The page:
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Holy week is almost here. And a full programme of worship is being prepared for St. Anselm’s, as well as a special children’s Easter workshop.

In addition to these services I shall be offering Holy week Mass at the prison to which I am chaplain and visiting the local schools and care homes. It promises to be a busy but rewarding week.

Palm Sunday

9:15am – The Blessing of palms, procession & Solemn Mass (Divine worship)

11am – Sung Mass with a simple blessing of palms

6:30pm – Stations of the Cross

Monday of Holy Week

11:30am – Chrism Mass  (*at Our Lady of the Assumption, Warwick St, London)

Tuesday of Holy Week

8pm – Low Mass & reflection

Wednesday of Holy Week

8pm – The service of Tenebrae

Maundy Thursday 

8pm – MASS OF THE LAST SUPPER with foot washing & vigil.

11:30pm – Compline

Good Friday

10am – Stations of the Cross for children

11:15am – Ecumenical act of witness on the village green

12:30pm – Confessions

1:30pm – Stations of the Cross

3pm – CELEBRATION OF THE LORD’S PASSION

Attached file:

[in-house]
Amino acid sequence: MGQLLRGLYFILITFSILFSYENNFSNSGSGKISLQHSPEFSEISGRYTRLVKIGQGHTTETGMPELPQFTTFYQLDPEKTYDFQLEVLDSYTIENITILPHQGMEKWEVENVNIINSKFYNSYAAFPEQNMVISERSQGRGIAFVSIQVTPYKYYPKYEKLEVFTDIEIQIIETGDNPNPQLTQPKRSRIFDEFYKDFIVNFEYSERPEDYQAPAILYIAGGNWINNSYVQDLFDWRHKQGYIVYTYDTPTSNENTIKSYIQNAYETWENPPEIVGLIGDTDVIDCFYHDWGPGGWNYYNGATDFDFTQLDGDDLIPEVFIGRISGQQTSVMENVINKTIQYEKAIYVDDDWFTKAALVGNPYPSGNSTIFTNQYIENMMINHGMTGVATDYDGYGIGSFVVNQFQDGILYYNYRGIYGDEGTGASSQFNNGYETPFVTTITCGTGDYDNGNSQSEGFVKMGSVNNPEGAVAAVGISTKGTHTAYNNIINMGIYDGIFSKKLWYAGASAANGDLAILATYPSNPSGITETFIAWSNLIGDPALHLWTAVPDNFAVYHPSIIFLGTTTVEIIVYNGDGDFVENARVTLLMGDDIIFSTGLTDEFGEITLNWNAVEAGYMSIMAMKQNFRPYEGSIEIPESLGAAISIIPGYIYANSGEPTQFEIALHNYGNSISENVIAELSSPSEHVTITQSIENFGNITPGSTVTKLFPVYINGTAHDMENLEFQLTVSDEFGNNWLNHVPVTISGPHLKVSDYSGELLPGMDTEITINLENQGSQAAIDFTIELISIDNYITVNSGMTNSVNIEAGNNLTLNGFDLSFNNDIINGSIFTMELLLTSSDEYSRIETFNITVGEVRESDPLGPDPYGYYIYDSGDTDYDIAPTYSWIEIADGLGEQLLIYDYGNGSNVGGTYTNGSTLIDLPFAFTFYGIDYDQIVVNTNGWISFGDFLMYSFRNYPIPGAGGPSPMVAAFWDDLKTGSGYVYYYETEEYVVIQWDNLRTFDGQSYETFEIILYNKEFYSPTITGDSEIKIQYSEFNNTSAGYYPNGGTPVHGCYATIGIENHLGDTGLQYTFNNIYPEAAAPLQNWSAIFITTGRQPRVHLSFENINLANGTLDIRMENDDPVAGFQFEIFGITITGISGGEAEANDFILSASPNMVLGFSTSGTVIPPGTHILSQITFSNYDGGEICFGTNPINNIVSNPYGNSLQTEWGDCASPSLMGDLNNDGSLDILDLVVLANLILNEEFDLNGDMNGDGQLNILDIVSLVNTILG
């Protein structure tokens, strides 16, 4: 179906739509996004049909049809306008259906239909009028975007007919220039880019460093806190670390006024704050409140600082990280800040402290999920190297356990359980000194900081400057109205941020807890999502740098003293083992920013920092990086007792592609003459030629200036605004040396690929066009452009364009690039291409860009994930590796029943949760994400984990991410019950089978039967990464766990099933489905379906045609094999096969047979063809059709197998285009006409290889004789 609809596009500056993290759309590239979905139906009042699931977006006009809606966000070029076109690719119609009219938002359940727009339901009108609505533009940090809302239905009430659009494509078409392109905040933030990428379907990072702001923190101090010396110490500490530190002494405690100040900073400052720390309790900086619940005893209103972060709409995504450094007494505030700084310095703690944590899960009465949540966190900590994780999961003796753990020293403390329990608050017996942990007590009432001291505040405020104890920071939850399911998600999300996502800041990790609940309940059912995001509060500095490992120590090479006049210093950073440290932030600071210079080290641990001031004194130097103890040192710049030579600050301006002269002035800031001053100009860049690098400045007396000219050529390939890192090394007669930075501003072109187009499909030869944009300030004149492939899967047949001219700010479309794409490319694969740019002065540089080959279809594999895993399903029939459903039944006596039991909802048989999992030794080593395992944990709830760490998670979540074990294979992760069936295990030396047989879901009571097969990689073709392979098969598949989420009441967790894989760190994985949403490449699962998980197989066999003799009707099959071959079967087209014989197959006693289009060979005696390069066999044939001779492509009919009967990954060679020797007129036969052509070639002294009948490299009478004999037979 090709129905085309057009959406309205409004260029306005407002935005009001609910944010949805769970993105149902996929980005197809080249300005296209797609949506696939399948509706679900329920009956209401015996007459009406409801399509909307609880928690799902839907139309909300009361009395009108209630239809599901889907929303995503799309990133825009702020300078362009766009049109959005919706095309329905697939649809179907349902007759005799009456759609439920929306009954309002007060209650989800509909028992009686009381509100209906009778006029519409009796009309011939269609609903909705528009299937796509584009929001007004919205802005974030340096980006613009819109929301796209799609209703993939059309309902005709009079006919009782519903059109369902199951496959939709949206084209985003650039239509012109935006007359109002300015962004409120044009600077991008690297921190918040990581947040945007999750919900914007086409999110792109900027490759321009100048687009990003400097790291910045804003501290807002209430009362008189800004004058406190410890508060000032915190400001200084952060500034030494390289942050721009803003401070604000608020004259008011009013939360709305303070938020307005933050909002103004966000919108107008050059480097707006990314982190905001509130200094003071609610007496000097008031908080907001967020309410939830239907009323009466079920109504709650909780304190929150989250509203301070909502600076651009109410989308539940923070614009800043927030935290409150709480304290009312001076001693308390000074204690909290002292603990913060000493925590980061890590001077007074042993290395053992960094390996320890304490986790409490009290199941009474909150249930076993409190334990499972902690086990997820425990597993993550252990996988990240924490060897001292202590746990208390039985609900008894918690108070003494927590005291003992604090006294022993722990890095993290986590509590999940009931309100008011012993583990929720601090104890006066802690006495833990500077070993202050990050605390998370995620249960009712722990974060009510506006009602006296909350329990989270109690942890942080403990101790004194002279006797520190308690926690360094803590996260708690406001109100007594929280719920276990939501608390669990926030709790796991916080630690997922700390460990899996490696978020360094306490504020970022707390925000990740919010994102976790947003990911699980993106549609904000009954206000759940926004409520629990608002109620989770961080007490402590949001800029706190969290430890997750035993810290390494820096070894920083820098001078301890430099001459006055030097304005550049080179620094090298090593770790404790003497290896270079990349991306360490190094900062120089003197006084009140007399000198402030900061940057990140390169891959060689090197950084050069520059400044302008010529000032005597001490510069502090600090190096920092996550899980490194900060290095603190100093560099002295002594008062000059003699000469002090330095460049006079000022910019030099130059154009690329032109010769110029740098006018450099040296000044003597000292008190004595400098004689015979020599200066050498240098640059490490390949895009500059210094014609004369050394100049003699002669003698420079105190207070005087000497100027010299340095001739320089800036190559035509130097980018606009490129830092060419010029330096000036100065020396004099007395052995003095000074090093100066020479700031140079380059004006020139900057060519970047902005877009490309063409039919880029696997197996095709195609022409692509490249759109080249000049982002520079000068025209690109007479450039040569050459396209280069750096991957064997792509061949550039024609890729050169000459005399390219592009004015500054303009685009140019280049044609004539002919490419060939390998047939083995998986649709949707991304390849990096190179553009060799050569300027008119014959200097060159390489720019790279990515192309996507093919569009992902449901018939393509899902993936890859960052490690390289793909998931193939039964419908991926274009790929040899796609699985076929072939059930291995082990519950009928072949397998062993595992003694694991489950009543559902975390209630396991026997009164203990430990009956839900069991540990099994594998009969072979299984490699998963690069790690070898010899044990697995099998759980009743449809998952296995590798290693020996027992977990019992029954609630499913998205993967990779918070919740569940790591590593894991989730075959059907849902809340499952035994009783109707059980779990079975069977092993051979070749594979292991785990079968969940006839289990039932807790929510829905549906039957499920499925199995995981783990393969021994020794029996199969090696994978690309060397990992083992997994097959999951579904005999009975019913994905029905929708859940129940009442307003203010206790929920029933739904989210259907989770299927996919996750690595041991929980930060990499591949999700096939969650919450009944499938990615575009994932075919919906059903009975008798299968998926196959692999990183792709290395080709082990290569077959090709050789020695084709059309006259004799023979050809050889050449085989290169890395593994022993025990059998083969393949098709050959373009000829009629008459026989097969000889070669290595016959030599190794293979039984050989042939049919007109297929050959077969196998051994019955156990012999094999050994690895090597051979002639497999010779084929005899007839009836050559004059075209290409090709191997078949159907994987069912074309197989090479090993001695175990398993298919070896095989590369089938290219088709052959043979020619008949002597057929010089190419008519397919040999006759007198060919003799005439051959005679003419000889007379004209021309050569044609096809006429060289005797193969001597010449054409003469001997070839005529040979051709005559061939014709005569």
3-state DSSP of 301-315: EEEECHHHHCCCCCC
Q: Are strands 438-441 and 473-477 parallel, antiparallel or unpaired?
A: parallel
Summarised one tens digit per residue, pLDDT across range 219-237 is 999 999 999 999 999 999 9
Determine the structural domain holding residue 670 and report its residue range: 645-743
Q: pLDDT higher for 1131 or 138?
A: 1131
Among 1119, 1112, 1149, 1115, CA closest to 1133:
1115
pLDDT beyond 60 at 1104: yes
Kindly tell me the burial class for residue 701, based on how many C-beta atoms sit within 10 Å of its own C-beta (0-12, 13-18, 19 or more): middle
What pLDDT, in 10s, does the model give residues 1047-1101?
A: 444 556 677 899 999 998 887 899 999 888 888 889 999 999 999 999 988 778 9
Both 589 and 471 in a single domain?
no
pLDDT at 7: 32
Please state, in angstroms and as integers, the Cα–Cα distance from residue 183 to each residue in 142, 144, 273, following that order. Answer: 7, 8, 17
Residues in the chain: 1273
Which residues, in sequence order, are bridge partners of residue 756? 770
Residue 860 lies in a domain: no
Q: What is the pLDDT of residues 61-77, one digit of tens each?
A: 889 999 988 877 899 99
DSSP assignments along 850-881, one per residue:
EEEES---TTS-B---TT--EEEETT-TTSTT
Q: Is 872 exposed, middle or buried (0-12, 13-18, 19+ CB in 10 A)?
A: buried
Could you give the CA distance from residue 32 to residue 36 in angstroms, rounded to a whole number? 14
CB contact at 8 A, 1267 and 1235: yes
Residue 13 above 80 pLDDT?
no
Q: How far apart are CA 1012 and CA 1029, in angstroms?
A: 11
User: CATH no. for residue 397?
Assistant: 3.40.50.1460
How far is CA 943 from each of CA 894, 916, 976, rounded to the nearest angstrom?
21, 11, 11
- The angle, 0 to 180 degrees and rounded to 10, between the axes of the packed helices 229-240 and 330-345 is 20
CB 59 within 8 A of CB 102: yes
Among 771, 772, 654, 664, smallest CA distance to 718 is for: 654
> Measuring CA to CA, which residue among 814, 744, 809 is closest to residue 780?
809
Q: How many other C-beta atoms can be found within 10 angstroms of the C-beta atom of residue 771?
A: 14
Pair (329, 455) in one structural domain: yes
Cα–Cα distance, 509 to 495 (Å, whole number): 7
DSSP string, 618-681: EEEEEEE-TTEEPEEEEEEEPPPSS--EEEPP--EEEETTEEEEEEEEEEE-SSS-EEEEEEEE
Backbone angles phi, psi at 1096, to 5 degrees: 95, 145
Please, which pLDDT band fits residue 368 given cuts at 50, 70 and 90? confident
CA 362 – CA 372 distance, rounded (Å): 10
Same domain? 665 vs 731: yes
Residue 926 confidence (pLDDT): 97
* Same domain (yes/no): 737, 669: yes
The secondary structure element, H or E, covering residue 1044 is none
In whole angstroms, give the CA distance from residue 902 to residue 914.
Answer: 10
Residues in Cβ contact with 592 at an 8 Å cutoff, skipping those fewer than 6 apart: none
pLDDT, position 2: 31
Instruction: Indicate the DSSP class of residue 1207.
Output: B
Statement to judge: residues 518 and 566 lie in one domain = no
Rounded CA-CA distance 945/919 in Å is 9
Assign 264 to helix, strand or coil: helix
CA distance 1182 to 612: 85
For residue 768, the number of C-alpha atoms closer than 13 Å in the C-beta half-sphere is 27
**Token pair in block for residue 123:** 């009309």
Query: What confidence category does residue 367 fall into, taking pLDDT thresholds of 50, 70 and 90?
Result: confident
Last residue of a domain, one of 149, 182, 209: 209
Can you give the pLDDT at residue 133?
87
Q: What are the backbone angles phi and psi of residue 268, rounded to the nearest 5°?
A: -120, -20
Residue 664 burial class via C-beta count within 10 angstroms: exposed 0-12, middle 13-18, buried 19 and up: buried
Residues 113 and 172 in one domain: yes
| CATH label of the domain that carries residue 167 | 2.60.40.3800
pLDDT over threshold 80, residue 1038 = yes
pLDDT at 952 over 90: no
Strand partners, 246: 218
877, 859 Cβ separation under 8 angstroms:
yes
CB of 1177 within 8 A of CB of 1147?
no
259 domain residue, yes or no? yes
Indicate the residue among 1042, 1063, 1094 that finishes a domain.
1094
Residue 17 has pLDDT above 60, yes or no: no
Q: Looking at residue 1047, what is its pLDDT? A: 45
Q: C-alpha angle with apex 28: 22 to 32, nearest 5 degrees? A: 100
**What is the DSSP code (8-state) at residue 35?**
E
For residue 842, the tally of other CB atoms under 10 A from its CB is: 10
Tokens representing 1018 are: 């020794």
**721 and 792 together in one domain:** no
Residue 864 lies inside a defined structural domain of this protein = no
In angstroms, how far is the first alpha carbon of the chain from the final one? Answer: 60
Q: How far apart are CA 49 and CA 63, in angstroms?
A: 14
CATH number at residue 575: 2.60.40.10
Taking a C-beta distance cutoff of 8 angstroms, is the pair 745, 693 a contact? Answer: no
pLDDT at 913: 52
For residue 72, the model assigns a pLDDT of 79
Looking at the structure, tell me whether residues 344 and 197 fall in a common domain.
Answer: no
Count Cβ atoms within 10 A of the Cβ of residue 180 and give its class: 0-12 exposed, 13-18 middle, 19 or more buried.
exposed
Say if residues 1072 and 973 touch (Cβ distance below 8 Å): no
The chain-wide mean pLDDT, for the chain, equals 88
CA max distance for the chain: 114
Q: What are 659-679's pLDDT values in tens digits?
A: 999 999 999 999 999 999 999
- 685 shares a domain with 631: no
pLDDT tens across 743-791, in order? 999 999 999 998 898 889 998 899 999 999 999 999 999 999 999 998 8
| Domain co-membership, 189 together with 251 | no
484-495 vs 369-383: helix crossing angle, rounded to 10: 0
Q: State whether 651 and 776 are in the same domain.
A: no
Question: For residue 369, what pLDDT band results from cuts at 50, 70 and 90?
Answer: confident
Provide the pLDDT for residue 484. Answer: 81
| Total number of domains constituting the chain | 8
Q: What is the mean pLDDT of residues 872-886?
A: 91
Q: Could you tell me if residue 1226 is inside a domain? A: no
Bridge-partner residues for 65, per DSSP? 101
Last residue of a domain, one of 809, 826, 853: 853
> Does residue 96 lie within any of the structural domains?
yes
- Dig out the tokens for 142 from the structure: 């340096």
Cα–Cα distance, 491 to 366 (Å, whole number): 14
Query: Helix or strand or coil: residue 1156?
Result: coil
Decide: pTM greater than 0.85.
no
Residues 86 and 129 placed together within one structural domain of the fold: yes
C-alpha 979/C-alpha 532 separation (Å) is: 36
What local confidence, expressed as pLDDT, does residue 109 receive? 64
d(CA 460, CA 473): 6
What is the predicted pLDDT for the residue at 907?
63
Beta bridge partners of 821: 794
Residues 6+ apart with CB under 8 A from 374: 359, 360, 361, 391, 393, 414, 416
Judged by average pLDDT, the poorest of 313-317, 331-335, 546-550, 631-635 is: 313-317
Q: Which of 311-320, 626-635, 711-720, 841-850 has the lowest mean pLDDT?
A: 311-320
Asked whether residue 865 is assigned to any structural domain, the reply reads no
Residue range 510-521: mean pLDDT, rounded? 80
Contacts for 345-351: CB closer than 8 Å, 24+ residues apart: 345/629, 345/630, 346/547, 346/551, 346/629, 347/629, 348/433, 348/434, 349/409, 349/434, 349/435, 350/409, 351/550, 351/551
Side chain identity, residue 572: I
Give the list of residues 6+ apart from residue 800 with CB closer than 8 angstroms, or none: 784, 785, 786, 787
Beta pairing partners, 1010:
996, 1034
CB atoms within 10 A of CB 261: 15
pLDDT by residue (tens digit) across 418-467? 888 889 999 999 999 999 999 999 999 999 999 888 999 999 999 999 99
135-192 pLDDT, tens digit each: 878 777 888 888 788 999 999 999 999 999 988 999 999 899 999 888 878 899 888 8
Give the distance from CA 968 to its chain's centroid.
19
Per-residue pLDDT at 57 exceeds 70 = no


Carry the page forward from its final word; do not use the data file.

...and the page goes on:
6:30pm – Maria Desolata

Holy Saturday 

10am – Children’s Easter workshop (*we need donations of pot plants please!)

10am- 11:3oam – Confessions

8pm – PASCHAL VIGIL & FIRST MASS OF EASTER

Easter Day

9:15am – Low Mass of the dawn

11am – Sung Mass, blessing of the Easter garden & Maria Consolata

6:30pm – Stations of the Resurrection

What can we do for them?

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This blog has long lamented the rise of atheistic secularism in the UK which is fast eroding our Christian heritage and culture. Not because it threatens God- he has no need of our praise- but because it threatens our nation. The great Christian vision- love of God and neighbour first- is giving way to shallow selfishness and greed. There seems no goal to modern life beyond comfort and excess and the acquisition of wealth and power. A situation which can never be healthy.